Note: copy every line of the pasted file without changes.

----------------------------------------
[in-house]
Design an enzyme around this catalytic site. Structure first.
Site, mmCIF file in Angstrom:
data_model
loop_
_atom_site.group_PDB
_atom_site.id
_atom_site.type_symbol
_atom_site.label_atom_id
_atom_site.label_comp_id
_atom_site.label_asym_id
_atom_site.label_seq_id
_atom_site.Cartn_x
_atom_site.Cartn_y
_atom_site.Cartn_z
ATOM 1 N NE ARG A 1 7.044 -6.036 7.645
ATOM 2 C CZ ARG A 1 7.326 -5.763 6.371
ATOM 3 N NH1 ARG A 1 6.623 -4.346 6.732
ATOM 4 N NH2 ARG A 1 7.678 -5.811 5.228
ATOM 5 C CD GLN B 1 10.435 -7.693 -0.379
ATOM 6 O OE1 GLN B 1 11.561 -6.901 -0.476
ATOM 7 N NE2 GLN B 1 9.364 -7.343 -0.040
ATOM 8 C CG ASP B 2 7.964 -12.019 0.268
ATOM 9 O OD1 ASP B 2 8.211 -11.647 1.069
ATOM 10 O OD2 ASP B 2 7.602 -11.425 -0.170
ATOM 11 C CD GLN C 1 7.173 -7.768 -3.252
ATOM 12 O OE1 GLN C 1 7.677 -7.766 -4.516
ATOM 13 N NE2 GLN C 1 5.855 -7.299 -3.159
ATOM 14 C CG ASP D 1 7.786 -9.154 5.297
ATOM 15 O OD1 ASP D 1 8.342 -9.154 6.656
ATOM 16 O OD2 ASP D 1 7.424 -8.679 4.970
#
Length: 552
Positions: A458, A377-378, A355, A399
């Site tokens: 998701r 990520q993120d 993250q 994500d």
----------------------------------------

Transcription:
[in-house]
Design an enzyme around this catalytic site. Structure first.
Site, mmCIF file in Angstrom:
data_model
loop_
_atom_site.group_PDB
_atom_site.id
_atom_site.type_symbol
_atom_site.label_atom_id
_atom_site.label_comp_id
_atom_site.label_asym_id
_atom_site.label_seq_id
_atom_site.Cartn_x
_atom_site.Cartn_y
_atom_site.Cartn_z
ATOM 1 N NE ARG A 1 7.044 -6.036 7.645
ATOM 2 C CZ ARG A 1 7.326 -5.763 6.371
ATOM 3 N NH1 ARG A 1 6.623 -4.346 6.732
ATOM 4 N NH2 ARG A 1 7.678 -5.811 5.228
ATOM 5 C CD GLN B 1 10.435 -7.693 -0.379
ATOM 6 O OE1 GLN B 1 11.561 -6.901 -0.476
ATOM 7 N NE2 GLN B 1 9.364 -7.343 -0.040
ATOM 8 C CG ASP B 2 7.964 -12.019 0.268
ATOM 9 O OD1 ASP B 2 8.211 -11.647 1.069
ATOM 10 O OD2 ASP B 2 7.602 -11.425 -0.170
ATOM 11 C CD GLN C 1 7.173 -7.768 -3.252
ATOM 12 O OE1 GLN C 1 7.677 -7.766 -4.516
ATOM 13 N NE2 GLN C 1 5.855 -7.299 -3.159
ATOM 14 C CG ASP D 1 7.786 -9.154 5.297
ATOM 15 O OD1 ASP D 1 8.342 -9.154 6.656
ATOM 16 O OD2 ASP D 1 7.424 -8.679 4.970
#
Length: 552
Positions: A458, A377-378, A355, A399
């Site tokens: 998701r 990520q993120d 993250q 994500d």